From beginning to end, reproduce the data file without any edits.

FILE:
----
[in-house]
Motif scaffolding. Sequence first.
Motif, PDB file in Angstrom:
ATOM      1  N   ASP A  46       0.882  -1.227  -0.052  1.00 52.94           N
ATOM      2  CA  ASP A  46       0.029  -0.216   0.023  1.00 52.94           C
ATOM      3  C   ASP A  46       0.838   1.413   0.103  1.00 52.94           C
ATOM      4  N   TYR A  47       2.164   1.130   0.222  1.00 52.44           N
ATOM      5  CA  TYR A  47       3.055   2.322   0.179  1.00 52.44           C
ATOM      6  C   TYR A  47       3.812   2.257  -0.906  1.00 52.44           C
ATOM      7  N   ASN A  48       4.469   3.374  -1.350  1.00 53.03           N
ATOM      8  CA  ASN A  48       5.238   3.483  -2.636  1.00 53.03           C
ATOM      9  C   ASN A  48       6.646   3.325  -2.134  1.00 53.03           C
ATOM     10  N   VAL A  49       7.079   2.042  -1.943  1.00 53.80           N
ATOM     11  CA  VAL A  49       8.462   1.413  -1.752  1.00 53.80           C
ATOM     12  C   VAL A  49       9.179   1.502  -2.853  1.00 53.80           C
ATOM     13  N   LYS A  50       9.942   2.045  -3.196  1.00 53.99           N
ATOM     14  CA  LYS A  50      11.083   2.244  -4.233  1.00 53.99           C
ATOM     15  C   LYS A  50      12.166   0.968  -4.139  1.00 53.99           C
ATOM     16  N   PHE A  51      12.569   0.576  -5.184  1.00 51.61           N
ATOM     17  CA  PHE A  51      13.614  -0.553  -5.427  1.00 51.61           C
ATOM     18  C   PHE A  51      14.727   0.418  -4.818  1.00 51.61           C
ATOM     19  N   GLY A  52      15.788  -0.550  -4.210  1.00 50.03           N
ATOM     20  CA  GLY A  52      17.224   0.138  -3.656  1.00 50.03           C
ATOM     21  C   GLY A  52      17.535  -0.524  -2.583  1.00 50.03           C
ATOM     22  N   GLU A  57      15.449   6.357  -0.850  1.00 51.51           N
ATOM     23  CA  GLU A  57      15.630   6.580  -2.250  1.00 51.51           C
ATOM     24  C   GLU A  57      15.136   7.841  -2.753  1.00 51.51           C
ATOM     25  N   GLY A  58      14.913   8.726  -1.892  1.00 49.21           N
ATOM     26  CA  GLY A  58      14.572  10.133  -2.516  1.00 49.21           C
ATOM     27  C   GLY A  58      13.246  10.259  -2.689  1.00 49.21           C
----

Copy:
[in-house]
Motif scaffolding. Sequence first.
Motif, PDB file in Angstrom:
ATOM      1  N   ASP A  46       0.882  -1.227  -0.052  1.00 52.94           N
ATOM      2  CA  ASP A  46       0.029  -0.216   0.023  1.00 52.94           C
ATOM      3  C   ASP A  46       0.838   1.413   0.103  1.00 52.94           C
ATOM      4  N   TYR A  47       2.164   1.130   0.222  1.00 52.44           N
ATOM      5  CA  TYR A  47       3.055   2.322   0.179  1.00 52.44           C
ATOM      6  C   TYR A  47       3.812   2.257  -0.906  1.00 52.44           C
ATOM      7  N   ASN A  48       4.469   3.374  -1.350  1.00 53.03           N
ATOM      8  CA  ASN A  48       5.238   3.483  -2.636  1.00 53.03           C
ATOM      9  C   ASN A  48       6.646   3.325  -2.134  1.00 53.03           C
ATOM     10  N   VAL A  49       7.079   2.042  -1.943  1.00 53.80           N
ATOM     11  CA  VAL A  49       8.462   1.413  -1.752  1.00 53.80           C
ATOM     12  C   VAL A  49       9.179   1.502  -2.853  1.00 53.80           C
ATOM     13  N   LYS A  50       9.942   2.045  -3.196  1.00 53.99           N
ATOM     14  CA  LYS A  50      11.083   2.244  -4.233  1.00 53.99           C
ATOM     15  C   LYS A  50      12.166   0.968  -4.139  1.00 53.99           C
ATOM     16  N   PHE A  51      12.569   0.576  -5.184  1.00 51.61           N
ATOM     17  CA  PHE A  51      13.614  -0.553  -5.427  1.00 51.61           C
ATOM     18  C   PHE A  51      14.727   0.418  -4.818  1.00 51.61           C
ATOM     19  N   GLY A  52      15.788  -0.550  -4.210  1.00 50.03           N
ATOM     20  CA  GLY A  52      17.224   0.138  -3.656  1.00 50.03           C
ATOM     21  C   GLY A  52      17.535  -0.524  -2.583  1.00 50.03           C
ATOM     22  N   GLU A  57      15.449   6.357  -0.850  1.00 51.51           N
ATOM     23  CA  GLU A  57      15.630   6.580  -2.250  1.00 51.51           C
ATOM     24  C   GLU A  57      15.136   7.841  -2.753  1.00 51.51           C
ATOM     25  N   GLY A  58      14.913   8.726  -1.892  1.00 49.21           N
ATOM     26  CA  GLY A  58      14.572  10.133  -2.516  1.00 49.21           C
ATOM     27  C   GLY A  58      13.246  10.259  -2.689  1.00 49.21           C